There are a lot of things to consider when designing a new aero wheel set. Profile. Width. Material. And now, nature? That seems to be the angle Zipp has taken when they approached the design of their latest wheelset. Called the 454 NSW, the rim has a striking new shape that is hard to miss. Zipp claims the inspiration for the design came from looking to the ways animals have naturally evolved to be faster through the water, like the ridges on the fins of a humpback whale. With Biomimicry as the starting point, countless hours of design and testing led to Zipp’s new SawTooth equipped 454 NSW…



In typical Zipp fashion, the SawTooth profile started out as an idea that was quickly translated into testable prototypes. After 36 different rim profiles and 252 hours of wind tunnel testing, they claim to have achieved the desired result. That of course is a wheel that still provides the aerodynamic advantage of a traditional aero wheel, but offers better performance in terms of cross wind stability. Zipp claims that the rim profile along with their reshaped HexFin ABLC dimples work to reduce buffeting by providing higher frequency vortex shedding which in turn creates more vortices, but they are smaller and less powerful. Using a profile that is 58mm at the deepest section and 53mm at the shallowest, the result is a wheel that supposedly performs like a deep section wheel for aero speed, and a lower profile wheel in crosswinds.

wh_454_nsw_cc_v1_700sr_11s_detail_tirebed wh_454_nsw_cc_v1_700sr_11s_detail2_hyperfoil


The full carbon clincher is made in their Indiana factory and includes their silicon carbide Showstopper brake track treatment and their ImPress NSW printed graphics.

021sc_rear-cognition-hub-w-axial-clutch-technology-5 023sc_front-cognition-hub-4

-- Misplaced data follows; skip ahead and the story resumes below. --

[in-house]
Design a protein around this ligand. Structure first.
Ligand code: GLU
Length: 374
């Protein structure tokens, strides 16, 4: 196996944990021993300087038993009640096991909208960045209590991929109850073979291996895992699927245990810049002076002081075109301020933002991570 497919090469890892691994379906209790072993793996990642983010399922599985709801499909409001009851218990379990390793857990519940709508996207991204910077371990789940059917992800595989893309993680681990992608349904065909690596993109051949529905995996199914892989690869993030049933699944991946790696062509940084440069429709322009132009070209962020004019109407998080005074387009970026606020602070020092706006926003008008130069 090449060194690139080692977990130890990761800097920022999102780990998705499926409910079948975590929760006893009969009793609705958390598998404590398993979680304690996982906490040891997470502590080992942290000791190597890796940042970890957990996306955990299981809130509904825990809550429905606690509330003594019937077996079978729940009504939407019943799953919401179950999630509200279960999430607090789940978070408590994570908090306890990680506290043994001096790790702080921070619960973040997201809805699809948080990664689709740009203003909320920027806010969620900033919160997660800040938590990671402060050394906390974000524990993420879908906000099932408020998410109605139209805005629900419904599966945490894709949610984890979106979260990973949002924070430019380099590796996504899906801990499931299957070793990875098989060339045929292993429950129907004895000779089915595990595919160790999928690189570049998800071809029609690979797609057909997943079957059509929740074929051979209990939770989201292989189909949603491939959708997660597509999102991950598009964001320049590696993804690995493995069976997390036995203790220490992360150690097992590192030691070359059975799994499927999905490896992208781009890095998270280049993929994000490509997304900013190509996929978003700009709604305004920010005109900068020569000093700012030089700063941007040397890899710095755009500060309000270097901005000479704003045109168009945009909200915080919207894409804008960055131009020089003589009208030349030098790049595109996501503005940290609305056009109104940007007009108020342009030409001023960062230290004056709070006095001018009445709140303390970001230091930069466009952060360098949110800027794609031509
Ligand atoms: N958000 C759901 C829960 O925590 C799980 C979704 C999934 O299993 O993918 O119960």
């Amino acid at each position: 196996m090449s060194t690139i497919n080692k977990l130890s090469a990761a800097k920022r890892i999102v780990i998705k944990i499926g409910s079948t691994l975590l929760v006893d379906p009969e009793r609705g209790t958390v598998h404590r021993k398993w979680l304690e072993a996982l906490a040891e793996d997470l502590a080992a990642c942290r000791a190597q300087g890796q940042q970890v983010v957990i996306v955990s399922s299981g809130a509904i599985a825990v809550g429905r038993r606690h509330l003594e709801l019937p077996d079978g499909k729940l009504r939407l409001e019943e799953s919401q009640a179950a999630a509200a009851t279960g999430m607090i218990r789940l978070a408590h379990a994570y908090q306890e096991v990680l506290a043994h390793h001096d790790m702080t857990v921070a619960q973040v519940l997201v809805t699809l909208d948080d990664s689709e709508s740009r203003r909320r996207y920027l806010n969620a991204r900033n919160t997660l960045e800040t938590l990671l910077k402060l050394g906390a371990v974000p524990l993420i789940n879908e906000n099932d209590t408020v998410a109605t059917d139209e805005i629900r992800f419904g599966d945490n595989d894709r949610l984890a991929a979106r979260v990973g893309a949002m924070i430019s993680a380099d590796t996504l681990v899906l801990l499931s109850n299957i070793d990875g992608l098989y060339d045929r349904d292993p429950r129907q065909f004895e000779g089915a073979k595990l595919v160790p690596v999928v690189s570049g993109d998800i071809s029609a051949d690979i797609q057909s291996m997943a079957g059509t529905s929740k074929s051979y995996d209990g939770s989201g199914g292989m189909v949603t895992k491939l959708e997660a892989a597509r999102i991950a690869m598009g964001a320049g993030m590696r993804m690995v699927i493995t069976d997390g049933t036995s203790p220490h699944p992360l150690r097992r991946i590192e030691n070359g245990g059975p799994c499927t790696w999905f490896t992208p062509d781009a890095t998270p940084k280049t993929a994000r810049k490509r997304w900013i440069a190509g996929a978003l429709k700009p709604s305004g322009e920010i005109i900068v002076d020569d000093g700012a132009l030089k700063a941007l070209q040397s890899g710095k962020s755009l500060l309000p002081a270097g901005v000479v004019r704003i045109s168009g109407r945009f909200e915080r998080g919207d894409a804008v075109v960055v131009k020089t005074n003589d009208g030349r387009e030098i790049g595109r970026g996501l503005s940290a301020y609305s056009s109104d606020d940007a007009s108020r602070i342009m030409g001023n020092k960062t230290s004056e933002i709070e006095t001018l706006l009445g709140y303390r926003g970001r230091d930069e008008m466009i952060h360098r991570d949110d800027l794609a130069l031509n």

Complete wheelsets will include the Portuguese made Cognition hubset with straight pull Sapim CX-Ray spokes and Secure Lock nipples, 18 front/24 rear.



Coming in at 1525g for the set, the rims feature a 17mm internal width that does not appear to be tubeless compatible. Priced at $4000, the wheels include Tangente titanium skewers, Zipp valve extenders by Silca, individual wheel bags, Tangente Platinum Pro Evo brake pads, Tangente tubes, and Zipp rim tape. Available this month.



  1. boom on

    $4k for marginally better aerodynamics, heavier weight than most competitors, and not tubeless? Definitely paying for the brand. Lost interest.

  2. rexated on

    I really like the idea, and good for Zipp for pushing boundaries. But why go to all that effort and not make the rims tubeless compatible? What you save in drag you might lose in the rolling resistance of tyres + tubes.

  3. Jeff on

    The weight is fine for wheels this deep, it probably does what they say in terms of sidewinds….and they are moving to tubeless ready eventually.
    The only part that’s seriously questionable is the cost. It’s fine with me if they make stuff like this and use it to push the tech down to products that are sanely priced. Half that would be more like it. But…. That’s what R&D is all about. If you want to gripe about stuff getting better on someone else’s dime, you’re just wired to gripe.

  4. ibcyclist on

    So many miserable comments . . . I can see these plus Madone and SRAM eTap as my new dream bike. And because I live in a warm weather situation; no I don’t need no stinking disc breaks.

    And they’re still cheaper than Lightweights. 4 grand . . . the hipsters spend more than that on their tattoos on a drunk Friday night!

  5. Tom Bender on

    I applaud Zipp for the “new” approach to the design and it’s nice to see a company thinking slightly further out of the box. There is a lot to be learned (still) from nature and this stab at biomimetics might be one of the first discussed/marketed in the bike industry that I’m aware of (I’m sure there is more but not from a brand with as much reach as Zipp). I’d never spend $4000 on a set of wheels but maybe this will lead to further advancements down the road (literally and figuratively) and eventually bring the price down…or at least one can hope. 🙂

  6. Alex on

    I love it,. Zipp are really thinking out of the box here, I never understood all the love for Enve, zipp rims with the dimples and the sawtooth brake track things are incredible, the manufacturing skill to achieve these details is amazing. Their hubs and wheel building are a bit of a joke though.

    And 4k for these wheels .. they will sell a lot. Let’s face it a top shelf frame is 5-6k. And there are lots of those on the road

    • Kernel Flickitov on